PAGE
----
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Friday, September 19, 2014

Letter #3 September 19th 1914 from Valcartier

Letter #3 of 88 From Charley Bailey at Valcartier Training Camp, September 19th 1914
to his folks in Viceroy Saskatchewan


Valcartier Camp
Sept 19th 1914

Dear Mother
          Well I guess this will be the last letter from Canada for sometime.  We expect to be on our way across the ocean by the time this reaches you and I sure won’t be sorry cause it is getting kind of monotonous hanging around here.  It came out in order that I was officially attached to the 10th Battalion as Hospital Sergeant and that we were leaving about Monday.  The 10th Battalion consist of Victoria, Vancouver, Lethbridge, Medicine Hat and about one hundred Winnipeg men.
          The majority of the 106th Winnipeg Light Infantry men are either being sent back to Winnipeg or do garrison somewhere in Canada.  I happen to one of the picked ones for the ¨10th Battalion overseas contingent.  Both the doctor and I.
The nights here are very cold, but during the days it is fine weather.  They were selling views of Valcartier camp and if I can locate any I will send you some. 
          
 Is Viceroy a very nice town and are there any young people there and have you a drug store.  If I make any money while I am away I am going to take a store in one of those Sask. towns for a couple of years.  Just got threw with the sick bunch a few minutes ago and had to do it all my self as the doctor was up at Headquarters.  Took about half of a mans toes off that had been run over by a Calvary gun, don’t know if I can keep it from poisoning or not.  Poor fellow he fainted twice but I had a man on his knees and another on his chest so it did not take long.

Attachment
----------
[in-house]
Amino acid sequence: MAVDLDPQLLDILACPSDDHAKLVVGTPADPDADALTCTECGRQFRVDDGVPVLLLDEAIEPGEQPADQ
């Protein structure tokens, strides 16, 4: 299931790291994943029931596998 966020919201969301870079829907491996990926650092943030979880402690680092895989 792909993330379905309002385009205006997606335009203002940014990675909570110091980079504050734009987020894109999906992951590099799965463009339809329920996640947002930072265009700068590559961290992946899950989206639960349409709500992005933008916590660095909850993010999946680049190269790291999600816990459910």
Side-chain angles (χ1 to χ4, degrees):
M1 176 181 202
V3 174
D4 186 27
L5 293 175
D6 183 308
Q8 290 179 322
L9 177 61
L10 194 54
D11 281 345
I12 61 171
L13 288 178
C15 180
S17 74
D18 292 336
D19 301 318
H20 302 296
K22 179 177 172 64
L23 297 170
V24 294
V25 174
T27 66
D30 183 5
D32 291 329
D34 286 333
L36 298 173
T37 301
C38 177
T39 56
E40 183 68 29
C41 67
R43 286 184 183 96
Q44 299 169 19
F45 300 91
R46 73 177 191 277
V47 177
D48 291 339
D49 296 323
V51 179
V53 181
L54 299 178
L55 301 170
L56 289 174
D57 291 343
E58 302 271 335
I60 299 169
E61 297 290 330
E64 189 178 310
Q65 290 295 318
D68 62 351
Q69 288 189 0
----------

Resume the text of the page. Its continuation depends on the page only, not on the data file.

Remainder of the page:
This is sure a great experience you don’t stop to pity on a mans feeling here.  If a thing has got to be done, you do it if he dies next minute.  The outfit I am with has had three deaths.  But as soon as they are carried off a person thinks no more about them. 

The doctor will be back in a few minutes and I am going to get his horse and ride up to headquarters to see if I get those Views.  Well Mother I will write you from the other side.  Remembrance to Pa and V-V, all kinds of luck and prosperity.  Hope you and Pa will continue to like Viceroy and that this finds you in good health and spirit.
Good bye and Good Luck
Chas.
 


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Footnotes 

Departure for Europe
The transportation of the army to the port of Quebec began on the wet night of 23/24 September 1914. The weather that night was so bad that the infantry were not expected to make the journey on foot and were brought from Valcartier camp in a long succession of trains. However, columns of field artillery and transport wagons and vehicles crawled the sixteen miles down the valley from Valcartier to Quebec in the rain and the mud. Arriving at daybreak the men were drenched, but morale was high because at last they were off to do the job for which they had volunteered. The whole embarkation of horses, men, guns and wagons was completed in less than three days.

Atlantic Crossing
The fleet of 33 Atlantic liners assembled in Gaspé Basin off the coast of Quebec province for a rendezvous with their Royal Navy warship escorts. On 3 October the transport ships steamed ahead out of Gaspé Bay in three lines led by Royal Navy warships: His Majesty's Ships were Charybdis, Diana, and Eclipse, with the Glory and Suffolk on the flanks, and the Talbot in the rear. Later, the Suffolk's place was taken by the battle-cruiser, Queen Mary.
Making its way up the St. Lawrence seaway the convoy passed through the gateway of Canada, the Gulf of St. Lawrence. As it passed the Avalon Peninsula of Newfoundland the sealing-ship SS Florizel, with the Newfoundland Regiment aboard, joined the fleet.
As the army set sail for Europe it was the first time that such a large contingent of troops had ever crossed the Atlantic.
Source  History of the First Canadian Division